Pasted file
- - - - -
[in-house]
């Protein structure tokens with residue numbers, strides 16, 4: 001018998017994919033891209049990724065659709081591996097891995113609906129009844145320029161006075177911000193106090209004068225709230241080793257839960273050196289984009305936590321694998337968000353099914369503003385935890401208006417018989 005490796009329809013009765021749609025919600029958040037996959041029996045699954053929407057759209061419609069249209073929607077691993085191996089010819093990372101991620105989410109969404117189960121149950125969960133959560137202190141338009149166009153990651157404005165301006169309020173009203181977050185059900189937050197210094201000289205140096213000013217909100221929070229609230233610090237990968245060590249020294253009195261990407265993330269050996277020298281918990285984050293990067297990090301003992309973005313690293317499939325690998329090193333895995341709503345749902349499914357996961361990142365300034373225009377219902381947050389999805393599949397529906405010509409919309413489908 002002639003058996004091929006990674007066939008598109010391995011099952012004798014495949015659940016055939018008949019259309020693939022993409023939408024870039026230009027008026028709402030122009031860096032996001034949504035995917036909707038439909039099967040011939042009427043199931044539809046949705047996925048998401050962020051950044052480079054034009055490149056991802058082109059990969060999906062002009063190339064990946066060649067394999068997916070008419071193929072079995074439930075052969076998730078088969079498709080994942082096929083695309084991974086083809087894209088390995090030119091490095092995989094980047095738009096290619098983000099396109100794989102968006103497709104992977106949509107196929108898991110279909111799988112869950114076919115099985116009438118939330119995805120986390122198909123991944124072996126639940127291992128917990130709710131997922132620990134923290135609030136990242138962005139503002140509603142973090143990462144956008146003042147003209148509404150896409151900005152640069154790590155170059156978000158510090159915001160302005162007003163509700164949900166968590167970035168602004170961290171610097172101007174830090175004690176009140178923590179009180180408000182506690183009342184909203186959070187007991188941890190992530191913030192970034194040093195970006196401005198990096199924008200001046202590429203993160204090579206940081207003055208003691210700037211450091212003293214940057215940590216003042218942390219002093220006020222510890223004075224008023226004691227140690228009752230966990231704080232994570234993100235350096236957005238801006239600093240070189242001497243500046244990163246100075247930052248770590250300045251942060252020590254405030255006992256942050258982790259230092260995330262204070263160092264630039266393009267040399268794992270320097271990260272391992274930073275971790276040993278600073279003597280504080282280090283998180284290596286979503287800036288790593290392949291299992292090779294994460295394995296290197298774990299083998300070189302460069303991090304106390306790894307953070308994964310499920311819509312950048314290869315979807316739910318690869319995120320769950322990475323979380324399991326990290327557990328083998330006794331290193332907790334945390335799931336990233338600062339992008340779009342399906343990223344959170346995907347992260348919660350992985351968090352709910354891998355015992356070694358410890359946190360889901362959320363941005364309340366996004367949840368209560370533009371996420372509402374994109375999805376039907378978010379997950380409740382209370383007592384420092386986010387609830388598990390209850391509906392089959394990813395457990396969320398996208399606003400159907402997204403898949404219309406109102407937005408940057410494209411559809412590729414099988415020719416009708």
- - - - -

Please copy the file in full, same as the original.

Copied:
[in-house]
């Protein structure tokens with residue numbers, strides 16, 4: 001018998017994919033891209049990724065659709081591996097891995113609906129009844145320029161006075177911000193106090209004068225709230241080793257839960273050196289984009305936590321694998337968000353099914369503003385935890401208006417018989 005490796009329809013009765021749609025919600029958040037996959041029996045699954053929407057759209061419609069249209073929607077691993085191996089010819093990372101991620105989410109969404117189960121149950125969960133959560137202190141338009149166009153990651157404005165301006169309020173009203181977050185059900189937050197210094201000289205140096213000013217909100221929070229609230233610090237990968245060590249020294253009195261990407265993330269050996277020298281918990285984050293990067297990090301003992309973005313690293317499939325690998329090193333895995341709503345749902349499914357996961361990142365300034373225009377219902381947050389999805393599949397529906405010509409919309413489908 002002639003058996004091929006990674007066939008598109010391995011099952012004798014495949015659940016055939018008949019259309020693939022993409023939408024870039026230009027008026028709402030122009031860096032996001034949504035995917036909707038439909039099967040011939042009427043199931044539809046949705047996925048998401050962020051950044052480079054034009055490149056991802058082109059990969060999906062002009063190339064990946066060649067394999068997916070008419071193929072079995074439930075052969076998730078088969079498709080994942082096929083695309084991974086083809087894209088390995090030119091490095092995989094980047095738009096290619098983000099396109100794989102968006103497709104992977106949509107196929108898991110279909111799988112869950114076919115099985116009438118939330119995805120986390122198909123991944124072996126639940127291992128917990130709710131997922132620990134923290135609030136990242138962005139503002140509603142973090143990462144956008146003042147003209148509404150896409151900005152640069154790590155170059156978000158510090159915001160302005162007003163509700164949900166968590167970035168602004170961290171610097172101007174830090175004690176009140178923590179009180180408000182506690183009342184909203186959070187007991188941890190992530191913030192970034194040093195970006196401005198990096199924008200001046202590429203993160204090579206940081207003055208003691210700037211450091212003293214940057215940590216003042218942390219002093220006020222510890223004075224008023226004691227140690228009752230966990231704080232994570234993100235350096236957005238801006239600093240070189242001497243500046244990163246100075247930052248770590250300045251942060252020590254405030255006992256942050258982790259230092260995330262204070263160092264630039266393009267040399268794992270320097271990260272391992274930073275971790276040993278600073279003597280504080282280090283998180284290596286979503287800036288790593290392949291299992292090779294994460295394995296290197298774990299083998300070189302460069303991090304106390306790894307953070308994964310499920311819509312950048314290869315979807316739910318690869319995120320769950322990475323979380324399991326990290327557990328083998330006794331290193332907790334945390335799931336990233338600062339992008340779009342399906343990223344959170346995907347992260348919660350992985351968090352709910354891998355015992356070694358410890359946190360889901362959320363941005364309340366996004367949840368209560370533009371996420372509402374994109375999805376039907378978010379997950380409740382209370383007592384420092386986010387609830388598990390209850391509906392089959394990813395457990396969320398996208399606003400159907402997204403898949404219309406109102407937005408940057410494209411559809412590729414099988415020719416009708």